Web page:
There are now three main arguments in favor of flying to the edge of space and beyond.
The traditional argument is the one eloquently expressed by the last Apollo astronaut on the moon, Eugene Cernan, who said, "our curiosity as a species will not allow us to remain locked to our home planet much longer. Humankind must explore, for we want to learn what lies over the hill or around the corner. Inspiration, sweat, challenges, and dreams got us to the Moon and they will get us to Mars and beyond. It is our destiny." (1)
The second argument is about off-world colonization, and is a warning from some scientists that humanity needs to protect itself from extinction by setting up space colonies. This is because of natural disasters on earth, such as meteor impact, nuclear war or habitat destruction. Some scientists are sounding the alarm, and others are already searching for off-world havens. The late astrophysicist, Stephen Hawking, was a prominent advocate.
The third argument in favor of space travel is, well, fun. That is, if you have enough money. The recent jaunts by billionaires Sir Richard Branson and Jeff Bezos to the edge of space, or thereabouts, will become an opportunity for space tourists to experience weightlessness for a few minutes, and see the curvature of the earth. Maybe even be able to claim bragging rights about being an astronaut.
NASA's Apollo Moon Program cost $25.4 billion, or around $156 billion adjusted for inflation in 2019. (2)
In comparison, you will soon be able to go for a short hop to the edge of space for the cost of tickets that will start at around 250 thousand dollars.
Well, maybe you won't be able to go, because only the very rich will be able to afford this approximately 1 hour 'billionaire's bounce'.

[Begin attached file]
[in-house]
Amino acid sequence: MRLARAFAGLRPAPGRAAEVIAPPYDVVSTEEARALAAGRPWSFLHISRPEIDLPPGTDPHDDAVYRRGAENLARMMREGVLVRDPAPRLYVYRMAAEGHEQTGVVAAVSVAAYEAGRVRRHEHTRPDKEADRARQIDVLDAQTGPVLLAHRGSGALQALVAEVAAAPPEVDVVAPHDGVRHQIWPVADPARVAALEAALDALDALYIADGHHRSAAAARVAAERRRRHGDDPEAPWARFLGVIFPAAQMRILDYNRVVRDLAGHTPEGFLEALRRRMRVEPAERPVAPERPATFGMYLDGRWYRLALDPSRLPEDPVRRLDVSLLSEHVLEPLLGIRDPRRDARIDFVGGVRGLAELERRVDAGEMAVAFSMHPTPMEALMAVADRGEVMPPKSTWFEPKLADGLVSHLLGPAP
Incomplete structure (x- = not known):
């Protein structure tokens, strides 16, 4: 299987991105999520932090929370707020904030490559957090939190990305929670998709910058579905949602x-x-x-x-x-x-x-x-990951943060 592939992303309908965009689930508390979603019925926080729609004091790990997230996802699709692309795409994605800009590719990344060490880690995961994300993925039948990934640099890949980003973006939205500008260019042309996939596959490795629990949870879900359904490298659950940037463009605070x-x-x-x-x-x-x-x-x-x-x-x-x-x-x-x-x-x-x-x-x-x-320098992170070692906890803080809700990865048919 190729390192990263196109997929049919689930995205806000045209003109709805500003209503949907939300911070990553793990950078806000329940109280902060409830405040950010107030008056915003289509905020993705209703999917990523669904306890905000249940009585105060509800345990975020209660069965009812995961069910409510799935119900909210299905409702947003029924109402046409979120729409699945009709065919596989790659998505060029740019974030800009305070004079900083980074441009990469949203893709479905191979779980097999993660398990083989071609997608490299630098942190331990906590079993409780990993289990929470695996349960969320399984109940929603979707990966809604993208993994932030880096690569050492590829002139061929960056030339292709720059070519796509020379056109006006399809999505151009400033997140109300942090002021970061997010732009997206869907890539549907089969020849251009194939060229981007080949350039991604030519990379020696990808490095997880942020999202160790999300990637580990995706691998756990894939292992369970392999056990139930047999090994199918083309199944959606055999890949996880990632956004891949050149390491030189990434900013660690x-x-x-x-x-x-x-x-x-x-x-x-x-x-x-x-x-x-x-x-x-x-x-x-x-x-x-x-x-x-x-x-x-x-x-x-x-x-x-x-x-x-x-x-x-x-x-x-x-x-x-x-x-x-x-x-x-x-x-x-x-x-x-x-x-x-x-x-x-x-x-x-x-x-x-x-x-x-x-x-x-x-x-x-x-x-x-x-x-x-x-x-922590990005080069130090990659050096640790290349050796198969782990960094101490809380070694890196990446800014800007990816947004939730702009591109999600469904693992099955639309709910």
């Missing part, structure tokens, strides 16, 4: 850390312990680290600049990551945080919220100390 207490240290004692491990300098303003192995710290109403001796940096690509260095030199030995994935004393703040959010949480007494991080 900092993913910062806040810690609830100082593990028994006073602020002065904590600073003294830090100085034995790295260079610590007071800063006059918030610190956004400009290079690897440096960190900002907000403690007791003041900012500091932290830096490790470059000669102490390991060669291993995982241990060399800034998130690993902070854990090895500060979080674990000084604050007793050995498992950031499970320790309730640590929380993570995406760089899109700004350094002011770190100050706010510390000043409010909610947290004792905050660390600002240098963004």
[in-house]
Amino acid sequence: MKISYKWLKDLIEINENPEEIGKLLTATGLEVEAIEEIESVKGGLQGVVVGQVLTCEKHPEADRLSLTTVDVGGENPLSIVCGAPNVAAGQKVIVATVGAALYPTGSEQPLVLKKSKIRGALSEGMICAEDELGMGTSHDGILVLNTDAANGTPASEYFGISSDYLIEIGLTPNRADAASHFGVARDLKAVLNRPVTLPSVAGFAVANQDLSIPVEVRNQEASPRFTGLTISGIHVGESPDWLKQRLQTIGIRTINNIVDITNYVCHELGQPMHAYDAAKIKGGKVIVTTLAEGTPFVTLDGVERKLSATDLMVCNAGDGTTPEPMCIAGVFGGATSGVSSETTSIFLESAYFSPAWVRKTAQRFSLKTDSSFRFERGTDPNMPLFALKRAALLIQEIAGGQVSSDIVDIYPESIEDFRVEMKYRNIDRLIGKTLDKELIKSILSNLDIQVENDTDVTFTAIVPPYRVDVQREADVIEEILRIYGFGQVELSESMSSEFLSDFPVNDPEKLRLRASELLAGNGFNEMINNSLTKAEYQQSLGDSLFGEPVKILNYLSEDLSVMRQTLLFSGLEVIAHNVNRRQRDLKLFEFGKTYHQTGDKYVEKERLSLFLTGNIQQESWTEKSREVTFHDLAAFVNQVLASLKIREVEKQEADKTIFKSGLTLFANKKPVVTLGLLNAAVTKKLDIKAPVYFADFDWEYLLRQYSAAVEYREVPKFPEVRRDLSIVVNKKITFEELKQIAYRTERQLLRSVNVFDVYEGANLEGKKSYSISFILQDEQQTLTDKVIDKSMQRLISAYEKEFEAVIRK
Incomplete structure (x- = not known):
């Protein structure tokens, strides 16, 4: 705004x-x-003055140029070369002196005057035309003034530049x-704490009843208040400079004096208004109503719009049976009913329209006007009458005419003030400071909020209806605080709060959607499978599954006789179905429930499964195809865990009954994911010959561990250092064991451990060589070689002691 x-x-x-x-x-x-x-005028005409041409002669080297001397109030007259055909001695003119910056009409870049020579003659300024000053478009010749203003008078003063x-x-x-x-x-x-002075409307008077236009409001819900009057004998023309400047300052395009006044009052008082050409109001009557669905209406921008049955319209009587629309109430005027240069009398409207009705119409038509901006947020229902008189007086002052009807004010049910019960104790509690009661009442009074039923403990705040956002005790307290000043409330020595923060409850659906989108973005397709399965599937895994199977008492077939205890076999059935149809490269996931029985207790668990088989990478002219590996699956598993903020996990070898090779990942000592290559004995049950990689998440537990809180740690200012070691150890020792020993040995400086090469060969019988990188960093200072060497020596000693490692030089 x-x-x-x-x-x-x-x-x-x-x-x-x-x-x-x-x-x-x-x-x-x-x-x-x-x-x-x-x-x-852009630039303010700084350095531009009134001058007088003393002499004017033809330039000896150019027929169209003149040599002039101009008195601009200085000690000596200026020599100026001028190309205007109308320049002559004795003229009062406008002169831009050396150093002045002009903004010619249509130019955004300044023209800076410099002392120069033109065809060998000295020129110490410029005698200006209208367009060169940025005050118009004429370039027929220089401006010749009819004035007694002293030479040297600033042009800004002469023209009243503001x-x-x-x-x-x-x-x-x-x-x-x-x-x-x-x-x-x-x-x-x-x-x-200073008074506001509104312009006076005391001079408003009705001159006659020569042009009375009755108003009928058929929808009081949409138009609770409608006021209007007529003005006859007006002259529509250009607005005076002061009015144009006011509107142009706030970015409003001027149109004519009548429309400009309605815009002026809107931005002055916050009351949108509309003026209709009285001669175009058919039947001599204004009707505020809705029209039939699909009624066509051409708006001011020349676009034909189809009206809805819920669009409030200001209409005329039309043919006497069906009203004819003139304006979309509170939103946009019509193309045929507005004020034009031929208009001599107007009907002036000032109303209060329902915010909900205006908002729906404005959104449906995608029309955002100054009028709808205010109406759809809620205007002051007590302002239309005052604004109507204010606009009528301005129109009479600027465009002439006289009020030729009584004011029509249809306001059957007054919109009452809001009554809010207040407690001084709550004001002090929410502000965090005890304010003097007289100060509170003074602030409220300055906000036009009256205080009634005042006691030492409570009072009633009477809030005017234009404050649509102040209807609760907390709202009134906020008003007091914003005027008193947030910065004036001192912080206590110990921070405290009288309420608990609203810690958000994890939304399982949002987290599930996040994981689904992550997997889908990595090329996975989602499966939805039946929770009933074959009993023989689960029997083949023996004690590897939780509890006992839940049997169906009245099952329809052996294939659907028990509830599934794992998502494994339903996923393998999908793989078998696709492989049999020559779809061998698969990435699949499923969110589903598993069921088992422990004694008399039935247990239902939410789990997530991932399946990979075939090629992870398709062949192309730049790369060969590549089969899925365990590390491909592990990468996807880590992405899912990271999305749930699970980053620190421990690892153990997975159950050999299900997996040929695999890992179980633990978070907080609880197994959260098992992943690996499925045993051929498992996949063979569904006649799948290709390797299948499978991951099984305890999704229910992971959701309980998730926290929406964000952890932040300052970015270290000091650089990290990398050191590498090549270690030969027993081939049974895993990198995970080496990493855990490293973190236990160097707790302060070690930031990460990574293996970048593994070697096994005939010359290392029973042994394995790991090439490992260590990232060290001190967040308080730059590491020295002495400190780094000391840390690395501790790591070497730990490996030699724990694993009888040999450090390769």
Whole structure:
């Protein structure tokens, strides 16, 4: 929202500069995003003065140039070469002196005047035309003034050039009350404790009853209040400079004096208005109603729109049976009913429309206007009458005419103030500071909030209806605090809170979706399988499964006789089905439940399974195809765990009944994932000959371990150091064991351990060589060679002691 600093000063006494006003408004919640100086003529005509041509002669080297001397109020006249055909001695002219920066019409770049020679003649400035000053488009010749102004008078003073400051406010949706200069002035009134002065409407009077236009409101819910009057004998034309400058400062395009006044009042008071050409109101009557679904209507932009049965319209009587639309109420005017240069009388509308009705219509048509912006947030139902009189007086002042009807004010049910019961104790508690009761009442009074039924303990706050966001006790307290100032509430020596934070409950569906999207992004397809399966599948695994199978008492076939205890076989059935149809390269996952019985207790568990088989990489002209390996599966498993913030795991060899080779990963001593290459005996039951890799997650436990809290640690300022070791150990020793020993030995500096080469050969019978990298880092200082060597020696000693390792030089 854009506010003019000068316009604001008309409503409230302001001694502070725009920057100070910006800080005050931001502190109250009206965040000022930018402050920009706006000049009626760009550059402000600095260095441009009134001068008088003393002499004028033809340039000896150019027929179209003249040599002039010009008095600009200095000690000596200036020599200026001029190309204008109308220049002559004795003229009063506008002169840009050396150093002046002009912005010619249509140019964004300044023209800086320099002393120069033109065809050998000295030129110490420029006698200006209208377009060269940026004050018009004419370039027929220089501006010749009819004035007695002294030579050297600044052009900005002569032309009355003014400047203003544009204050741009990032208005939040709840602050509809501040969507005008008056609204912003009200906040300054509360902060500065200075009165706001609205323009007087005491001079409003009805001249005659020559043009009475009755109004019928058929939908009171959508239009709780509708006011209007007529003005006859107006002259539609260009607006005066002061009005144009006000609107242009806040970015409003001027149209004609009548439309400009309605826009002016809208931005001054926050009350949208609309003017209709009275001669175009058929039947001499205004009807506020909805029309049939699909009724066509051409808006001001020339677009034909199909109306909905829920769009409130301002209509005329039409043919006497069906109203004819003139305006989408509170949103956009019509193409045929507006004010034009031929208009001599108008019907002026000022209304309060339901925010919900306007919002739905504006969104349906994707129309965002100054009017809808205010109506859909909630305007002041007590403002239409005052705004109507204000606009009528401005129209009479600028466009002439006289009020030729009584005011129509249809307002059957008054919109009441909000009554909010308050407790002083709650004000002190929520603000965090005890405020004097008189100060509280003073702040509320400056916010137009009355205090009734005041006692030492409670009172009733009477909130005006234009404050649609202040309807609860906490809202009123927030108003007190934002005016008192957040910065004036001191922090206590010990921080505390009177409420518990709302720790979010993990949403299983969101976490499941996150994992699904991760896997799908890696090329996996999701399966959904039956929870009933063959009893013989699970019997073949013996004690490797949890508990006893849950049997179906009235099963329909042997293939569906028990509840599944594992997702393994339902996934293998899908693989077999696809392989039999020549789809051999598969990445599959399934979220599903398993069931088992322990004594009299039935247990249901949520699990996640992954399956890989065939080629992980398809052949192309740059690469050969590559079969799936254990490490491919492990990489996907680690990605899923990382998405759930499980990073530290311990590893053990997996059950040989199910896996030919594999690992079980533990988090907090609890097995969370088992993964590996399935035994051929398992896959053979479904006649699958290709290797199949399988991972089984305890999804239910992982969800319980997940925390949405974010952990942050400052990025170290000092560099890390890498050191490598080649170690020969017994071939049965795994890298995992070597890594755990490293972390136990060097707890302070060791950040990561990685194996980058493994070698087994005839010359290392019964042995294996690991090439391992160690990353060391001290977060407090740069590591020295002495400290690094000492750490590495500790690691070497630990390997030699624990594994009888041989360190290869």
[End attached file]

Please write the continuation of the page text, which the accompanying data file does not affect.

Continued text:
And space colonization? Well, it's very unlikely that you could be part of this, either.
There are obviously some issues that need to be sorted out here, especially if space travel is also meant to be a life raft for the preservation of our species.
But back to the dream of off-world colonization, and the belief that somehow, humanity will be able to start over again, in a new, pristine environment where all our problems of, say, environmental destruction, pollution, and human-engineered disasters will be left behind.
Really? This is a more urgent question right now, because our early, tentative steps into space have already created a dangerous level of pollution. Space junk is now a major problem.
According to analysis by National Geographic, there are more than 23,000 known fragments of space junk larger than 4 inches, in orbit around our planet. And there are also many more smaller pieces that can't be tracked.
Ironically, the space entrepreneur and evangelist, Elon Musk, is himself a major culprit.
Musk has an impressive record of independently designing reusable rockets that supply the International Space Station with cargo and crew. He's also promoting a mission to Mars. In this context, Musk is a space visionary.
But at the same time, Musk is launching a venture called Starlink, which aims to sell high speed, global, internet access by way of thousands of satellites launched into low earth orbit.
SpaceX claims that satellite internet access is a potentially $1 trillion market, and according to Morgan Stanley, if this satellite constellation succeeds, 'SpaceX's value could soar to $175 billion'. (3)
This is one of the problems with space. No country, nor any one single entity or person, controls it.
Not yet. Although this could change soon, as the billionaires jockey for position.
Way out in front of this new space race, is Elon Musk of SpaceX. The Wall Street Journal observes that Elon Musk 'doesn't let regulations hinder his goals', while also noting that Musk is one of the richest men in the world. (4) Both attributes together are powerful in terms of persuasion and influencing policy.
Musk's Tesla electric car venture is going well, too. The Wall Street Journal reports that despite a cooling in 2021 global auto sales, Tesla recorded a first quarter profit of $1.1 billion. In addition, Forbes estimates the value of Musk's Starlink at $30 billion.
The old dreams of colonizing distant planets, and the noble quest to save humanity by creating a new interstellar civilization, now seem quaintly altruistic. Even misleading.
The privatization of space for profit by the extremely rich and powerful is the new reality.
1. Cernan, Eugene, 1999, The Last Man on the Moon: Astronaut Eugene Cernan and America's Race in Space. St Martin's Publishing Group.
2. United States Congress House Committee on Science and Astronautics (1973), 1974 NASA authorization: hearings, Ninety-third Congress, first session, on H.R. 4567. Page 1271.